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Quick Strength for Runners: 8 Weeks to a Better Runner's Body

Quick Strength for Runners: 8 Weeks to a Better Runner's Body

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Quick Strength for Runners: 8 Weeks to a Better Runner's Body

4/5 (2 évaluations)
297 pages
2 heures
Mar 12, 2014


Quick Strength for Runners offers a smart, fast-paced strength training program for runners who want to run faster and with fewer injuries. In under an hour a week, runners will strengthen their core and key running muscles to build a better runner's body.

Strength training is crucial to better running and injury prevention. But it's difficult to know which exercises work best for runners or to get motivated to hit the gym.

In Quick Strength for Runners, running coach and personal trainer Jeff Horowitz simplifies strength training into just two 20-minute workouts per week, with no gym or pricey equipment required. Designed specifically for runners, the Quick Strength program pinpoints the exercises that really work. Inside you'll find:

• A guide to how strength training leads to better running form and fitness
• 40 targeted exercises, with step-by-step photos and clear instructions
• Progressive workouts and advanced form options to increase strength as fitness improves
• A focused and efficient 8-week strength training program
• Tips on designing your own long-term workout program for a lifetime of fitness

Quick Strength for Runners makes it easy for runners to build a better runner's body. This highly effective, easy-to-implement program will make you a stronger, faster runner in under an hour a week so you can stay on the road or trail.
Mar 12, 2014

À propos de l'auteur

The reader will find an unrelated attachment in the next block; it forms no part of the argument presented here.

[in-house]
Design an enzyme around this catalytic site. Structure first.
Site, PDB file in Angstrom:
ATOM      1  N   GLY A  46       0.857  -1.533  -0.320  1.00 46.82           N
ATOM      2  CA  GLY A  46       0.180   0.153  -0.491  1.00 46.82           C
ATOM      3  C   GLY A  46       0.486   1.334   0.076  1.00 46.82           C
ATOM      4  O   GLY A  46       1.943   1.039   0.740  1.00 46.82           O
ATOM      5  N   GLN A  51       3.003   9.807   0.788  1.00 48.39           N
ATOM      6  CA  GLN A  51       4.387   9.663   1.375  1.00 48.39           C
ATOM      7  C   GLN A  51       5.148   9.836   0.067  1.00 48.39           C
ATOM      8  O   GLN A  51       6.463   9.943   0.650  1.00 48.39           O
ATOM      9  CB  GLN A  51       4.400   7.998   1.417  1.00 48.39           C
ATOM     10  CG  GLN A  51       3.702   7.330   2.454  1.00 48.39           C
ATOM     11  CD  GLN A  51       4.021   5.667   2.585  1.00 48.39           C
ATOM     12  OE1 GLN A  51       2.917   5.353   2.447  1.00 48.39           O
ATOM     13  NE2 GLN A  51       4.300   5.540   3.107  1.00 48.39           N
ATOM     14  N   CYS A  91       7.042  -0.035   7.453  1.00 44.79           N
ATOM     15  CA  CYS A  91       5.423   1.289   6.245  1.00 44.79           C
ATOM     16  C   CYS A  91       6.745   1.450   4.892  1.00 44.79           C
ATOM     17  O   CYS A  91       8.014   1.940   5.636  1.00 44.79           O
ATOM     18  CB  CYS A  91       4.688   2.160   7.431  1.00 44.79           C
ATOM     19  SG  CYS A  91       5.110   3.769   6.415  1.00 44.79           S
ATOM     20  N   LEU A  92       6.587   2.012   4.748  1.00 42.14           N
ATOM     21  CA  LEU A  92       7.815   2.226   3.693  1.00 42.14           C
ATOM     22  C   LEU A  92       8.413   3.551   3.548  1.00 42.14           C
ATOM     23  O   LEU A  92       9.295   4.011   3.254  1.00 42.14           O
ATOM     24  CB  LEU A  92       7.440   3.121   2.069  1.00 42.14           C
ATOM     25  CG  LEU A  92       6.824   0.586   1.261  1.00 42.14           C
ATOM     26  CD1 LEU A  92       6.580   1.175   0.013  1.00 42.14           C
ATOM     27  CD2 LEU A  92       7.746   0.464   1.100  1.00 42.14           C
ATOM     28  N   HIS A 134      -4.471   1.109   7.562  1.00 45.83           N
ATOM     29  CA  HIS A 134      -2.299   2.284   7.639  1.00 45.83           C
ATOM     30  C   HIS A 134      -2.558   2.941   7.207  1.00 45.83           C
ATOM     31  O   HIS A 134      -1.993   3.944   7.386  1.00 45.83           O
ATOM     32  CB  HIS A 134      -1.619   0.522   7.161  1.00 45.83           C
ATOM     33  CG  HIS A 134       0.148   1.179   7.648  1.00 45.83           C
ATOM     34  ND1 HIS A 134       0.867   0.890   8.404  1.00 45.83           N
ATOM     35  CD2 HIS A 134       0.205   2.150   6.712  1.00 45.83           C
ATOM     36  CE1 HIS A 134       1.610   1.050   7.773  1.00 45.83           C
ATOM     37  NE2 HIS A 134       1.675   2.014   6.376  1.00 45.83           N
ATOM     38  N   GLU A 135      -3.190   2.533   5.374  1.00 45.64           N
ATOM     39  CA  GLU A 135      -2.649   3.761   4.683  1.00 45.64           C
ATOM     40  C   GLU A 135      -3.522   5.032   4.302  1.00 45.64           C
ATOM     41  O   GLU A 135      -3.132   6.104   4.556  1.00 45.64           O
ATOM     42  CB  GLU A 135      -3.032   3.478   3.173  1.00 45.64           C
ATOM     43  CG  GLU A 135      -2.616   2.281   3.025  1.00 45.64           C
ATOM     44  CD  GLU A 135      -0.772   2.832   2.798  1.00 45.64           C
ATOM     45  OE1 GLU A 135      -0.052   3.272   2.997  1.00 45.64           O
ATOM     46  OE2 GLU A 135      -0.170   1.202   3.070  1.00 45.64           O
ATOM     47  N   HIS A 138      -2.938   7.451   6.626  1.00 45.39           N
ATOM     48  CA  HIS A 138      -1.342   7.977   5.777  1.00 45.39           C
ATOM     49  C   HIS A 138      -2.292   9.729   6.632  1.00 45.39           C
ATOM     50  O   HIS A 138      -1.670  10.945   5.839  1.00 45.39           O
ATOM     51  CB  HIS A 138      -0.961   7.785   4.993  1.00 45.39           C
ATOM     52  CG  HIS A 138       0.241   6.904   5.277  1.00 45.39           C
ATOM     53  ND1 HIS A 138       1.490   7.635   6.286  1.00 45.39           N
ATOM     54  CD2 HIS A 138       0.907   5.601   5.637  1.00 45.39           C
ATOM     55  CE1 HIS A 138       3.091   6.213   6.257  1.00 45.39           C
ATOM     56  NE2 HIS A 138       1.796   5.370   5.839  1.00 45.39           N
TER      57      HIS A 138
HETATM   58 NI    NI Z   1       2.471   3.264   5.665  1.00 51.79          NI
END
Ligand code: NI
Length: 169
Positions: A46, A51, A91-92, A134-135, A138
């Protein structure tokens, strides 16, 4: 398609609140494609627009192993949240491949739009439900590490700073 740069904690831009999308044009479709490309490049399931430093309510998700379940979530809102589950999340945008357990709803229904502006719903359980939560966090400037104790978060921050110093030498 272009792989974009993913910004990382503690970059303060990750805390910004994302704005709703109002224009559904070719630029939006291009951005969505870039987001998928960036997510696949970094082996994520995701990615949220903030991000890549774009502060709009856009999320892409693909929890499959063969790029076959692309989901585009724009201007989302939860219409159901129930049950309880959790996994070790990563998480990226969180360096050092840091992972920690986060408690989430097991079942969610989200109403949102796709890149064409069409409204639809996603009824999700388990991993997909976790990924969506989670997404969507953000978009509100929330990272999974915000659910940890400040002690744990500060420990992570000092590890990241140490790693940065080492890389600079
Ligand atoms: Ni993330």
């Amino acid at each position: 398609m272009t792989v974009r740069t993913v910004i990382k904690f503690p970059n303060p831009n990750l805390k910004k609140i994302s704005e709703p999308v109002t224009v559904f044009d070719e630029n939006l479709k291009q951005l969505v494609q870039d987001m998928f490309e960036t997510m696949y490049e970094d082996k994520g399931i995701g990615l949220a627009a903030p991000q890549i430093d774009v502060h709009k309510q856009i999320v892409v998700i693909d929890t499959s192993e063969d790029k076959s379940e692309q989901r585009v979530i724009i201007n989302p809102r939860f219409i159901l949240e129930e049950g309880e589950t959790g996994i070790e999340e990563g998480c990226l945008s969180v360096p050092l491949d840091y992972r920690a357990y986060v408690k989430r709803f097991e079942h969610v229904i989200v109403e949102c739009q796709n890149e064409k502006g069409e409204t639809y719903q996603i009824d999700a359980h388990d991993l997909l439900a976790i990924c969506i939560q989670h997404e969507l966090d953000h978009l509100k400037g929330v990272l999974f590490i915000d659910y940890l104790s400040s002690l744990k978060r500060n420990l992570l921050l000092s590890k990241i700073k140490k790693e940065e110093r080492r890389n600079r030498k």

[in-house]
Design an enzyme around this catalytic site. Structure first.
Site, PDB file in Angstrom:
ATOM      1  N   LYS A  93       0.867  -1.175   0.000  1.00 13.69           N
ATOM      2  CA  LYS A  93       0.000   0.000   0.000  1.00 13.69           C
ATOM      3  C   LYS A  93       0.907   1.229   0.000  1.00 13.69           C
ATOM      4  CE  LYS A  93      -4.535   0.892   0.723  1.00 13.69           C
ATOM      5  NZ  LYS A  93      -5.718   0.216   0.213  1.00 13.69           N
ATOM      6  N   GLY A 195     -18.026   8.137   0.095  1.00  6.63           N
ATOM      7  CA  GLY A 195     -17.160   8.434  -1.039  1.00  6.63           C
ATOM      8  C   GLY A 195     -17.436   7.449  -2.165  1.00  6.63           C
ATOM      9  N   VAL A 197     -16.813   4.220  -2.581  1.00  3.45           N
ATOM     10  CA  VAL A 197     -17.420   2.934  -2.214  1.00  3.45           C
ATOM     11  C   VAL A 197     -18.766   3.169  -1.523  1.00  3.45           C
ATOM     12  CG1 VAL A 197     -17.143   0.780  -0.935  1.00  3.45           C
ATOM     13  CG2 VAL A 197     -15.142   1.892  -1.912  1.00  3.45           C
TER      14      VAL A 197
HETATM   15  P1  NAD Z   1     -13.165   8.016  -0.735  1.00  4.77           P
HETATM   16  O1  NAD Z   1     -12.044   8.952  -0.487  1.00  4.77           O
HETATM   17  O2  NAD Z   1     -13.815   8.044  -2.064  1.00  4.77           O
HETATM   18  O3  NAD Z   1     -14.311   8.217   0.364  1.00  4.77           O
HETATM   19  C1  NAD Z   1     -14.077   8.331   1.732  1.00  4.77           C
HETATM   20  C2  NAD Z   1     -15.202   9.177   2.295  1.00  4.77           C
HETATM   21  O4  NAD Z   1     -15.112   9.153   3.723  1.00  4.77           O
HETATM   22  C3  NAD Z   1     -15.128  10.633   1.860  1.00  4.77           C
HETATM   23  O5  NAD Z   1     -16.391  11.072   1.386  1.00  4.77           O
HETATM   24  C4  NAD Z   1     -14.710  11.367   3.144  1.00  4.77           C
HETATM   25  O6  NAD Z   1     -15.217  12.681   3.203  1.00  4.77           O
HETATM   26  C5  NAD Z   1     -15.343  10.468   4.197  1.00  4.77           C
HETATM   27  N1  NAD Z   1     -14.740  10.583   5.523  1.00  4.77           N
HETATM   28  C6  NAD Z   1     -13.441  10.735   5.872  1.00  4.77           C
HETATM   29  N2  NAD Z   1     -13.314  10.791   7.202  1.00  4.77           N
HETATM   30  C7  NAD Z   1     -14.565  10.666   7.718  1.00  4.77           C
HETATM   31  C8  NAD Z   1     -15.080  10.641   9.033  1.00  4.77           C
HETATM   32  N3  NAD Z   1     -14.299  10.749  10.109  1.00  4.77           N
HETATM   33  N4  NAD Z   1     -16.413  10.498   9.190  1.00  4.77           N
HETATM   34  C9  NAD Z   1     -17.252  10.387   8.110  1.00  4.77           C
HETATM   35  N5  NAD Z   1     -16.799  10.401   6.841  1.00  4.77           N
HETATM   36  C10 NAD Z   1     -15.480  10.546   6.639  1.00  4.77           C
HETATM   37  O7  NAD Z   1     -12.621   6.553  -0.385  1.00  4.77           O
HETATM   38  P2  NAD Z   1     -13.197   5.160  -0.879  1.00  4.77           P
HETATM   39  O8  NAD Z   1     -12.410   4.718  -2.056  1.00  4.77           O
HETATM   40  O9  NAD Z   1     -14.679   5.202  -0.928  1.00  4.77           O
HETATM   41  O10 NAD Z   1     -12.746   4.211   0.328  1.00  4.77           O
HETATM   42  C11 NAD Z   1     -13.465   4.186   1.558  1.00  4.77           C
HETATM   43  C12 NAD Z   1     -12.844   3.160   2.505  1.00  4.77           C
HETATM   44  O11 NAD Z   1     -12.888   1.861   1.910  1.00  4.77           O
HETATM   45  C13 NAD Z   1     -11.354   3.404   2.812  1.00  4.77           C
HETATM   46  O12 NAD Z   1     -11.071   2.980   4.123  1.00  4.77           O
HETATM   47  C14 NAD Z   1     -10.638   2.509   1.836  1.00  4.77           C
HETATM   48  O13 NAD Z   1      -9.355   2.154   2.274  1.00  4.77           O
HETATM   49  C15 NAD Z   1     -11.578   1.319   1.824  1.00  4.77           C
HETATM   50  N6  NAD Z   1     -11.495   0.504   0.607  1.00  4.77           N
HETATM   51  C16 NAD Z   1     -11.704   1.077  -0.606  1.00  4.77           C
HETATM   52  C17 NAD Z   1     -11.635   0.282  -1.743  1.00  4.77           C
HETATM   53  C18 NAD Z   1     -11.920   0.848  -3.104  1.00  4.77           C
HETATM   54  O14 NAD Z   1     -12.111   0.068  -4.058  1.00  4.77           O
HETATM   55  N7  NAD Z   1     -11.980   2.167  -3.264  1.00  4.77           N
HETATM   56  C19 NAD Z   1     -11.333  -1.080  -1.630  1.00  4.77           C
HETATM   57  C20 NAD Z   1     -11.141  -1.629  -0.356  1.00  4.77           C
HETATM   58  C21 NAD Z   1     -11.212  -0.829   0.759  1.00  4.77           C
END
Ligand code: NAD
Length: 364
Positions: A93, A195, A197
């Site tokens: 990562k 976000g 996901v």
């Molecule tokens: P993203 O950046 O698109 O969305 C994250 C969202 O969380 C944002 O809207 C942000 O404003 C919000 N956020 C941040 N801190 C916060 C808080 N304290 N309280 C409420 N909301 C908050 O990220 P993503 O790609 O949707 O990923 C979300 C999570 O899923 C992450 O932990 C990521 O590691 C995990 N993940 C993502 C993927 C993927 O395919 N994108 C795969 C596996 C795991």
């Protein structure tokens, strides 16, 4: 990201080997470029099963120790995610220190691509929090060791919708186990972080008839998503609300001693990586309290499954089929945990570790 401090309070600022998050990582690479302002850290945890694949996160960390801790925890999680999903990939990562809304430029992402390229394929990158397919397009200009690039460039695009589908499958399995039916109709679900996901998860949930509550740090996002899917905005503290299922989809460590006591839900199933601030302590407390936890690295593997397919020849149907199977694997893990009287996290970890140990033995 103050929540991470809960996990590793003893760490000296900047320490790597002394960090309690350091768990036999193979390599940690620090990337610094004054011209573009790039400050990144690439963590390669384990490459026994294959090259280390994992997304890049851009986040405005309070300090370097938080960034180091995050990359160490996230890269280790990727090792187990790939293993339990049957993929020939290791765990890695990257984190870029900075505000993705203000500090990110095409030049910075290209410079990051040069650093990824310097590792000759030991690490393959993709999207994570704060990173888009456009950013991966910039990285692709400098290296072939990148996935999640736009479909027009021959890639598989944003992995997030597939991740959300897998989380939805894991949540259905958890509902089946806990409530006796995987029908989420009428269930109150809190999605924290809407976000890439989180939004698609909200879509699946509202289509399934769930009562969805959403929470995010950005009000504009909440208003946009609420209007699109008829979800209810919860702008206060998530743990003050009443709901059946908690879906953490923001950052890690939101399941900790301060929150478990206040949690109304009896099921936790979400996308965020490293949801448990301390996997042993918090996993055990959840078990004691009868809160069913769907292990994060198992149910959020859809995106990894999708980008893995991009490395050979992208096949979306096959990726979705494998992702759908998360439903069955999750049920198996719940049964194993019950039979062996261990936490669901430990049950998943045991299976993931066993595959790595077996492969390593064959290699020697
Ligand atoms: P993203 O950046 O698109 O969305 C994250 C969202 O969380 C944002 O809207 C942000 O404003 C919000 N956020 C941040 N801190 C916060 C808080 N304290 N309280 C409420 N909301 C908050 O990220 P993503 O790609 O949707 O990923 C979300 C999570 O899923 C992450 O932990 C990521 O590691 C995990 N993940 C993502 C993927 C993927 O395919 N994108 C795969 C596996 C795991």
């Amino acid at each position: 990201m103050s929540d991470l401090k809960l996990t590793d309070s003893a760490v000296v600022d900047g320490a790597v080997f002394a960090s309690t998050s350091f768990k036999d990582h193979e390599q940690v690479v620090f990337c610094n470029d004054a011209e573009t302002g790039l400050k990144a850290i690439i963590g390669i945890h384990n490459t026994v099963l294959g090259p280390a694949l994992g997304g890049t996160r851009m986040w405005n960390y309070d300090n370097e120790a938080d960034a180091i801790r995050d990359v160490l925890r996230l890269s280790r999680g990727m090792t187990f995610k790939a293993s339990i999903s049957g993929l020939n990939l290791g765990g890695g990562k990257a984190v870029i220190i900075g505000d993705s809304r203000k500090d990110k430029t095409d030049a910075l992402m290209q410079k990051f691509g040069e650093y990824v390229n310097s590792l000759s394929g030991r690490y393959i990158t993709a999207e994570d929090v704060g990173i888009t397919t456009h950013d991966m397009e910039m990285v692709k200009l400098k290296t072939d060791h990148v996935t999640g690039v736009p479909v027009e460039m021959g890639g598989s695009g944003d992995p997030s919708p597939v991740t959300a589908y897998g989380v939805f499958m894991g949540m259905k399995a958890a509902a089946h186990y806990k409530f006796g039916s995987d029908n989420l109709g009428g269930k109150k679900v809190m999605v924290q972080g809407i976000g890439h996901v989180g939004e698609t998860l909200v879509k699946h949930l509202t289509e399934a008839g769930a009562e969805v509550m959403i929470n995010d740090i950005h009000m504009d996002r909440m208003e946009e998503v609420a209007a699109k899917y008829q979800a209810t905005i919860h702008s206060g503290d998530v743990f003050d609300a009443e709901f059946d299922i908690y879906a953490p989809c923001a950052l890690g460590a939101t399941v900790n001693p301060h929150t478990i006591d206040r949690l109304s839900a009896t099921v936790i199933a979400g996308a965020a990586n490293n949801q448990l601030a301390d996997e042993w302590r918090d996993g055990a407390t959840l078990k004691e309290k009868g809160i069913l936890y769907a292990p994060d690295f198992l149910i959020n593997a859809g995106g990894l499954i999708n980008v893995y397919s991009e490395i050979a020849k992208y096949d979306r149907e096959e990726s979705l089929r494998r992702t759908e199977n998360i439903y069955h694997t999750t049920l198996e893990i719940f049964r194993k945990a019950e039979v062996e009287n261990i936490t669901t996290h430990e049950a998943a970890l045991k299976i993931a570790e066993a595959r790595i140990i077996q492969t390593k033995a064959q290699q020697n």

Jeff Horowitz is a certified running, cycling, and triathlon coach and a personal trainer who has run more than 180 marathons and ultramarathons across six continents. Formerly an attorney, he quit law to pursue his passion for endurance sport and now works with at-risk youth in Washington, DC, and around the world. He also coaches Team Hope, a charity fund-raising training group that benefits the Hope Connections Center, which provides free counseling and services to cancer patients and survivors. Horowitz is the author of Quick Strength for Runners, Smart Marathon Training: How to Run Your Best Without Running Yourself Ragged, and My First 100 Marathons; 2,620 Miles with An Obsessive Runner.

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  • If you have the time and motivation to add a third day of training, you may do so by repeating the first workout of the week, as long as you schedule all the workouts at least 1 full day apart from each other.

  • Strength training is a method of improving muscular strength by gradually in- creasing the body’s ability to resist force through the use of free weights, ma- chines, or a person’s own body weight.

  • My recommendation? Save your stretching for after the workout, when your muscles are not being asked to do any more work.

  • If you have a target race on your calendar, start your strength training 9 weeks before the race.

Aperçu du livre

Quick Strength for Runners - Jeff Horowitz